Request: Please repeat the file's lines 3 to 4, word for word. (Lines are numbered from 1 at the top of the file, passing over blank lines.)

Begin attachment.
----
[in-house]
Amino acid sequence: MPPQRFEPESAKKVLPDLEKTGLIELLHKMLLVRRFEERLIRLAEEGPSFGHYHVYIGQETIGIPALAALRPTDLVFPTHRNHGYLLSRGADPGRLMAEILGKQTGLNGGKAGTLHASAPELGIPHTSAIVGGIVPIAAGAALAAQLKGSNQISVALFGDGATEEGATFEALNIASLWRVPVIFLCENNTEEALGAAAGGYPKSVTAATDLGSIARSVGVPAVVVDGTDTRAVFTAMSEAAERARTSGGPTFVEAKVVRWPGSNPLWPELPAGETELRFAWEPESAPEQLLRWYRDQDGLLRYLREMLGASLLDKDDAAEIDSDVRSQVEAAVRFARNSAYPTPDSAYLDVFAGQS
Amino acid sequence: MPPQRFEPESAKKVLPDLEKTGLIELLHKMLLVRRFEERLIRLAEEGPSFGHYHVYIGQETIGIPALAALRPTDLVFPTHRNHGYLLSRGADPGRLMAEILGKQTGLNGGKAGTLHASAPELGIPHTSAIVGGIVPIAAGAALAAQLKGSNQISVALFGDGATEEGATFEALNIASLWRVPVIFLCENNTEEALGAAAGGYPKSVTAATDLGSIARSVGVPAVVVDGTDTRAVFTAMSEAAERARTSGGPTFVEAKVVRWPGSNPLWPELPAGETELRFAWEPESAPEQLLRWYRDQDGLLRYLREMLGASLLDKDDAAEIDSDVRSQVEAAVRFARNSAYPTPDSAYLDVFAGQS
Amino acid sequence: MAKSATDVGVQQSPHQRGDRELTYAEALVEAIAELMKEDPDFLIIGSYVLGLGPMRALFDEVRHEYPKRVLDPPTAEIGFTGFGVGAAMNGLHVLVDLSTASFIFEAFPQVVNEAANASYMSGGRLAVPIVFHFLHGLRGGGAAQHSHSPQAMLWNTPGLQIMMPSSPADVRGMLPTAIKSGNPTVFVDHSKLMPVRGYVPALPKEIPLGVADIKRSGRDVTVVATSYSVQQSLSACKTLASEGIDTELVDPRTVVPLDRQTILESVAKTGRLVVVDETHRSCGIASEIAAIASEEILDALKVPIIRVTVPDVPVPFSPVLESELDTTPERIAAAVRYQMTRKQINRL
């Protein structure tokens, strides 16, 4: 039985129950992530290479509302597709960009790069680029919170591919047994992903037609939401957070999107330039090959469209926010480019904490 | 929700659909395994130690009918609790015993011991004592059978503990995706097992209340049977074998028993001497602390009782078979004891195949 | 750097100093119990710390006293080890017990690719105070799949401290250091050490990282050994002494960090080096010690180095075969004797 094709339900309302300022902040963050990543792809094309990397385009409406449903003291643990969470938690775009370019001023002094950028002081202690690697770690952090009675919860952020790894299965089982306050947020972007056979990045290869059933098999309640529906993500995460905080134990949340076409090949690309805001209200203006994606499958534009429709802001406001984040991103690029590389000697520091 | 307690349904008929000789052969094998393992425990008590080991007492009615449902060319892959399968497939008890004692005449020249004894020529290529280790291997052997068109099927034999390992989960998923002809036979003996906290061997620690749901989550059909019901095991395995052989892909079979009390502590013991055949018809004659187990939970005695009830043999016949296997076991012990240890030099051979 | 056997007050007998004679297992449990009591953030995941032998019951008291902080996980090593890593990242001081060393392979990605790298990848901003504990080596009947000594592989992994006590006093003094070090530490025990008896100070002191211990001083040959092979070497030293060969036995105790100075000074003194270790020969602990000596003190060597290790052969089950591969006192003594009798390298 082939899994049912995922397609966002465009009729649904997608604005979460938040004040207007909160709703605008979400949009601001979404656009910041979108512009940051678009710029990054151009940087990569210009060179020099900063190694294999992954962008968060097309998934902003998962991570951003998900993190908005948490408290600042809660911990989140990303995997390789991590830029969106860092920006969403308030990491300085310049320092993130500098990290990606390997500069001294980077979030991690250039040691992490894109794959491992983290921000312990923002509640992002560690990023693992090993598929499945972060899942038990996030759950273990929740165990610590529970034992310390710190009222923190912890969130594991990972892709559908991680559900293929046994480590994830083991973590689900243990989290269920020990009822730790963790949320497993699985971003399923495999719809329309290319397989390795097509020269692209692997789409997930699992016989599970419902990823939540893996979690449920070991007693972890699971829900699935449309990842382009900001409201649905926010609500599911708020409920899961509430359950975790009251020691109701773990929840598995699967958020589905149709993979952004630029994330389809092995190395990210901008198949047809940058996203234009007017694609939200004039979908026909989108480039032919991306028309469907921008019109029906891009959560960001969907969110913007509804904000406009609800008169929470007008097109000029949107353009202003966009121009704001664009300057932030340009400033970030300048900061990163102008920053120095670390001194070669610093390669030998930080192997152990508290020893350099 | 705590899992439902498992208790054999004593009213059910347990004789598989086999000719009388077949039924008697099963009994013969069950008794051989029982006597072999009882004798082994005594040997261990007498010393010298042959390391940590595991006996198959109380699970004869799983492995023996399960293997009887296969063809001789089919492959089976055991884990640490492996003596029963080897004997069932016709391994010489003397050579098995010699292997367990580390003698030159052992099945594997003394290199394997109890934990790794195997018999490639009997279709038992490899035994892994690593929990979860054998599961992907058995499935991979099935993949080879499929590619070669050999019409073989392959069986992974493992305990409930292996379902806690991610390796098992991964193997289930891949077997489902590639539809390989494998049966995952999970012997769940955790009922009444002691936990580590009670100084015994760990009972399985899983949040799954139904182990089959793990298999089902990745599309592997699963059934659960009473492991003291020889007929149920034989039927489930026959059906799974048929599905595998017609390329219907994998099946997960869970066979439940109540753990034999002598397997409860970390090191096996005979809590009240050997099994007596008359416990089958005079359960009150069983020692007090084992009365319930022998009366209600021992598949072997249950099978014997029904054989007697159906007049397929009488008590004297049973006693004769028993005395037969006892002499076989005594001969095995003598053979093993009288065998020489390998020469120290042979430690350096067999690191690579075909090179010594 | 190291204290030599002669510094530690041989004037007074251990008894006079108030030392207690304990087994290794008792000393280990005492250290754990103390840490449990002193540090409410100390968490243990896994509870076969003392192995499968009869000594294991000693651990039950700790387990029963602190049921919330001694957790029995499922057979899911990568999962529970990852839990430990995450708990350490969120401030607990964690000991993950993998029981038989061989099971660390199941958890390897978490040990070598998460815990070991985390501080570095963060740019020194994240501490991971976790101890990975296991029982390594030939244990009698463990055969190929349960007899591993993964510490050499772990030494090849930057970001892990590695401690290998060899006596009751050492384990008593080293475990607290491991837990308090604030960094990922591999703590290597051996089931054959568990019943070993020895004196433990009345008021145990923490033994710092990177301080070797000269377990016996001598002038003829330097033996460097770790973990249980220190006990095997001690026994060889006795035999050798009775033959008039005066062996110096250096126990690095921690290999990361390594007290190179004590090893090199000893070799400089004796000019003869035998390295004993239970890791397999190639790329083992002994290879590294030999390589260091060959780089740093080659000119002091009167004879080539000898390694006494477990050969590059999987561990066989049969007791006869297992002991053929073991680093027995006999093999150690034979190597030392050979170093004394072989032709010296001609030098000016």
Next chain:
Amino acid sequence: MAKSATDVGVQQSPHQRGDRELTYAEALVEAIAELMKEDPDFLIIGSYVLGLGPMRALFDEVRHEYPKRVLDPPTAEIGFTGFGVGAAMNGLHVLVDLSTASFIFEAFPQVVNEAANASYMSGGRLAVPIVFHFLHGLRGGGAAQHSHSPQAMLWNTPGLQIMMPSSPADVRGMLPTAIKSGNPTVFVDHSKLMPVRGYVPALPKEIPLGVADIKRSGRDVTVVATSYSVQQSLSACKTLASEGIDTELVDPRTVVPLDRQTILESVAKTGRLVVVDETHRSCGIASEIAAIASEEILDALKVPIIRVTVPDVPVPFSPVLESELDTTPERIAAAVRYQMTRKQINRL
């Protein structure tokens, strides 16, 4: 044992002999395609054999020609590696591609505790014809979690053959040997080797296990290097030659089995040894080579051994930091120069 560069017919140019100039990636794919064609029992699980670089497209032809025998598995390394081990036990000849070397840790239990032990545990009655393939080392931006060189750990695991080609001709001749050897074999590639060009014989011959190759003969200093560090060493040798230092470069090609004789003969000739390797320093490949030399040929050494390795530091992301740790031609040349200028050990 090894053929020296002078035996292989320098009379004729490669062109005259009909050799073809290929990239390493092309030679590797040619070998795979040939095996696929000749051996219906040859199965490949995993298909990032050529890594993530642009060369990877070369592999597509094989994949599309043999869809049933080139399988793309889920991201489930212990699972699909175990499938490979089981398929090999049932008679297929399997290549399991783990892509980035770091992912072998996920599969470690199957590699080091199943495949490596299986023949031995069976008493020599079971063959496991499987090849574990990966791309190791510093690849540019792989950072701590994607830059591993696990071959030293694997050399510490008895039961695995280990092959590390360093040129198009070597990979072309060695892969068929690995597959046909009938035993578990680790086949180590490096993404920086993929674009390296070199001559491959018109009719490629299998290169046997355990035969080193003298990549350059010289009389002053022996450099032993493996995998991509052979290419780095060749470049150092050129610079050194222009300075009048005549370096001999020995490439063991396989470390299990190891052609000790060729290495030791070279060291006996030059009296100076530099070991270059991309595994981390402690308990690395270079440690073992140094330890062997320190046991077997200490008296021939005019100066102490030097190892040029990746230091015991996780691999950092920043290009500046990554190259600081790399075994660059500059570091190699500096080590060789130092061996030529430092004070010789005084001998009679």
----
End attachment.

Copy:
Amino acid sequence: MPPQRFEPESAKKVLPDLEKTGLIELLHKMLLVRRFEERLIRLAEEGPSFGHYHVYIGQETIGIPALAALRPTDLVFPTHRNHGYLLSRGADPGRLMAEILGKQTGLNGGKAGTLHASAPELGIPHTSAIVGGIVPIAAGAALAAQLKGSNQISVALFGDGATEEGATFEALNIASLWRVPVIFLCENNTEEALGAAAGGYPKSVTAATDLGSIARSVGVPAVVVDGTDTRAVFTAMSEAAERARTSGGPTFVEAKVVRWPGSNPLWPELPAGETELRFAWEPESAPEQLLRWYRDQDGLLRYLREMLGASLLDKDDAAEIDSDVRSQVEAAVRFARNSAYPTPDSAYLDVFAGQS
Amino acid sequence: MAKSATDVGVQQSPHQRGDRELTYAEALVEAIAELMKEDPDFLIIGSYVLGLGPMRALFDEVRHEYPKRVLDPPTAEIGFTGFGVGAAMNGLHVLVDLSTASFIFEAFPQVVNEAANASYMSGGRLAVPIVFHFLHGLRGGGAAQHSHSPQAMLWNTPGLQIMMPSSPADVRGMLPTAIKSGNPTVFVDHSKLMPVRGYVPALPKEIPLGVADIKRSGRDVTVVATSYSVQQSLSACKTLASEGIDTELVDPRTVVPLDRQTILESVAKTGRLVVVDETHRSCGIASEIAAIASEEILDALKVPIIRVTVPDVPVPFSPVLESELDTTPERIAAAVRYQMTRKQINRL